Ms. Jacobsen, 67, learned she has West African ancestry, which led her to the discovery that her biological father, a man she never knew, was black. She has been trying to reconcile those facts ever since.
Her journey has led to both painful and revelatory experiences—with new relatives and existing ones, especially her 31-year-old son, Alek Marfisi. He disagrees with Ms. Jacobsen’s idea that her African ancestry changes her identity from what it has always been, a white woman.
Along the way, Ms. Jacobsen acknowledges, she has stumbled. She pushed a new relative to take a DNA test, and then felt remorseful when it revealed a family secret. She bought an African head wrap and skirt and wore the ensemble to a local cultural event, intending to show affirmation and celebration of her paternal ancestry, she said. She was taken aback when her son and some of her new relatives criticized her choice.
“Race is not biology or genetics, it is your experience in this world,” Mr. Marfisi says he told his mother. “She has had no experience as someone who is black.”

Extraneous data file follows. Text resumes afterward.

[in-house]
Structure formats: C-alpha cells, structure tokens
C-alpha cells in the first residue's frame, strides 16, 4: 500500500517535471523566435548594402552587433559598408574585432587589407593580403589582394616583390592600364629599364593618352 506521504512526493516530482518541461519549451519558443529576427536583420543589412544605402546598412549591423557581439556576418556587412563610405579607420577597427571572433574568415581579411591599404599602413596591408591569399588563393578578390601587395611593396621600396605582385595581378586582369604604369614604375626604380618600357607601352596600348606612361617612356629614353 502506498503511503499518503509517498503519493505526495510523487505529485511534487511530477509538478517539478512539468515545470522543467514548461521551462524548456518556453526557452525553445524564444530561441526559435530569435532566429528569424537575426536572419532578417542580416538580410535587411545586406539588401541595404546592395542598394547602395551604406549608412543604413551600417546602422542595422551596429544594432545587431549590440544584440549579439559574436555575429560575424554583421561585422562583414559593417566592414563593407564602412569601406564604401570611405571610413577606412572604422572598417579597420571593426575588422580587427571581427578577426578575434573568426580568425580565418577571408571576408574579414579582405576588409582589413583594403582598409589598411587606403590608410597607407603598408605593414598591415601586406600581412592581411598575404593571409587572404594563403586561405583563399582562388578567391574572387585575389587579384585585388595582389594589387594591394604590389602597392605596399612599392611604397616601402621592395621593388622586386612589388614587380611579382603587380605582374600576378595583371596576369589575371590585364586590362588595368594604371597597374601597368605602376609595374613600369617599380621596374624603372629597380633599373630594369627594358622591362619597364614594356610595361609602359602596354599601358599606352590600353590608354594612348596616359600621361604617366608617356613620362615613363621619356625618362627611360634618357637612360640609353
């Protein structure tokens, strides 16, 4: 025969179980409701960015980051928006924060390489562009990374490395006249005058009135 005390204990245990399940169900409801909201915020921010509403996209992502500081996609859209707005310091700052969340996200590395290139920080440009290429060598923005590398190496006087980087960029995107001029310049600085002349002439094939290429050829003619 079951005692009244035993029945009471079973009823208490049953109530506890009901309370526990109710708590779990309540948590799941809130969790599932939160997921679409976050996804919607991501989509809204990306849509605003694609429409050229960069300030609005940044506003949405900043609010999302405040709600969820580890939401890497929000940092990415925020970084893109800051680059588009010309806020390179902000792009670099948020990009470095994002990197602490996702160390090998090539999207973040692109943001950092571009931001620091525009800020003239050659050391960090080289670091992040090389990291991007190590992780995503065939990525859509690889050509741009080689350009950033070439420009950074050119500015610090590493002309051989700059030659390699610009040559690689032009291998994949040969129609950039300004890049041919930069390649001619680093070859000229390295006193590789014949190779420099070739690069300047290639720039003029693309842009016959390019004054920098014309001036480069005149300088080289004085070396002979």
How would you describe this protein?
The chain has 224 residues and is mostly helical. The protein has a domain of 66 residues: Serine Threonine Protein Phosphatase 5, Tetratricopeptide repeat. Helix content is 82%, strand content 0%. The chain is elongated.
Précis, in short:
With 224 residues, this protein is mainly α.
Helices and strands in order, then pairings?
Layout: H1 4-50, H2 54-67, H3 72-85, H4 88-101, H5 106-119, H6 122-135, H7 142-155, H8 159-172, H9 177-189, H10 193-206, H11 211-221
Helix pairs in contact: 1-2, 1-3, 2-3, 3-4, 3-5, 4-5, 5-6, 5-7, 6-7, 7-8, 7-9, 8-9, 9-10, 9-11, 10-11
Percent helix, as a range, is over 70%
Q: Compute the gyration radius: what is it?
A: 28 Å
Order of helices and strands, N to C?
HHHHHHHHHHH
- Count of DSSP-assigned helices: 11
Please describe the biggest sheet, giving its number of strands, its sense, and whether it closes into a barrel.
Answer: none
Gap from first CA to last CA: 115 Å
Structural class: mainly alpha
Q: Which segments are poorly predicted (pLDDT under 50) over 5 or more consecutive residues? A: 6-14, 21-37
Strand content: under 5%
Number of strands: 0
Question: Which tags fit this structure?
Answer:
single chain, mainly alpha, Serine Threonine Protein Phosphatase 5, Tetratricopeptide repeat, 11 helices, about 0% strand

Ms. Jacobsen said she feels the DNA results matter, not just her life story, which in fundamental ways was incomplete. “In my heart, I feel a connection.”
The growing popularity of consumer DNA tests has allowed millions of people to trace their ancestry and learn more about family history. It has also prompted difficult questions about one of the nation’s most fraught issues—racial identity.
Ms. Jacobsen took her first consumer DNA test in 2016. When the test revealed 22% African ancestry, it appeared to confirm a story she was told, once, when she was 16 years old.
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